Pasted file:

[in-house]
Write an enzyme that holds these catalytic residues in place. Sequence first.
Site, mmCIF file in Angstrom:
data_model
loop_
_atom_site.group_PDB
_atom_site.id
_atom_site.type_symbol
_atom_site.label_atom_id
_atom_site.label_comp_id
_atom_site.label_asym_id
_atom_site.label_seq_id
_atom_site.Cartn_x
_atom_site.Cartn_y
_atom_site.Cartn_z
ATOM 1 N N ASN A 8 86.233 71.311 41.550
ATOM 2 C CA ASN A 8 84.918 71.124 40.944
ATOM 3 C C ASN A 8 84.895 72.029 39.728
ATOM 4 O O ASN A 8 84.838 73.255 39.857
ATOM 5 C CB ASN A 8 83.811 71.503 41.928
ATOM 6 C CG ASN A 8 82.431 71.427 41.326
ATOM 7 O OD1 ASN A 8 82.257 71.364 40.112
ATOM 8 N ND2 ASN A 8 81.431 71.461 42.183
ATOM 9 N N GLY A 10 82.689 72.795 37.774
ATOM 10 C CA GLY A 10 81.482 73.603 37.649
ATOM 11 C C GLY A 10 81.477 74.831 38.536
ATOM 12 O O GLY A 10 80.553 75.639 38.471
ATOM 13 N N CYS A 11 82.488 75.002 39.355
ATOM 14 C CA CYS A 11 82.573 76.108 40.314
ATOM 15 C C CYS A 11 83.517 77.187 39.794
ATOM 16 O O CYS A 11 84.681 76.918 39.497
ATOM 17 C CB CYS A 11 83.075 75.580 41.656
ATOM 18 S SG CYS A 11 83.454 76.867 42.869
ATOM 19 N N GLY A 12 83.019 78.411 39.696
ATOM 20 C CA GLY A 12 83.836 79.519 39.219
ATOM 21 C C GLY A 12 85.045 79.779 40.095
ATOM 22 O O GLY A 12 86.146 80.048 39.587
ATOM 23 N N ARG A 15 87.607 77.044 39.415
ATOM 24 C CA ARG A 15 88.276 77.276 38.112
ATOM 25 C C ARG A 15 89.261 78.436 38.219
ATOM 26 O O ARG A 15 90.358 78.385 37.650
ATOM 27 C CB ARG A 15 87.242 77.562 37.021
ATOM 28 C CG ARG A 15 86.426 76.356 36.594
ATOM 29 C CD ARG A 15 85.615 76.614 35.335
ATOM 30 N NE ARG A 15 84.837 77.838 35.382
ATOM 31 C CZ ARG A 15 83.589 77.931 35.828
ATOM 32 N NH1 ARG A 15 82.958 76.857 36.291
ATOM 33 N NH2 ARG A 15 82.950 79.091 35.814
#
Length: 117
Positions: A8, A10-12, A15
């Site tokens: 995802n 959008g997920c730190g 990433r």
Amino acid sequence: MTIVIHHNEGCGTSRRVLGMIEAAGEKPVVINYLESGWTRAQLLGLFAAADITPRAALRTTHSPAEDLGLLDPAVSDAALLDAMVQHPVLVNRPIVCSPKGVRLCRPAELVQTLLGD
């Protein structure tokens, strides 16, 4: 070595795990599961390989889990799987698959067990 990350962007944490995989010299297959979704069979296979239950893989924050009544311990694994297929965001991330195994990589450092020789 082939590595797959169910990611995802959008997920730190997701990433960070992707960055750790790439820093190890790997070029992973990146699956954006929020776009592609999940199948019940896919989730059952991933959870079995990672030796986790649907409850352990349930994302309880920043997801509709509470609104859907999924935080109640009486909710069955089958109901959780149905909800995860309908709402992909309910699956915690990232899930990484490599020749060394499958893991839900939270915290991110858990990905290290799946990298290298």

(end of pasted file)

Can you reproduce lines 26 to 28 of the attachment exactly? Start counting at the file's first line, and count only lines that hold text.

ATOM 11 C C GLY A 10 81.477 74.831 38.536
ATOM 12 O O GLY A 10 80.553 75.639 38.471
ATOM 13 N N CYS A 11 82.488 75.002 39.355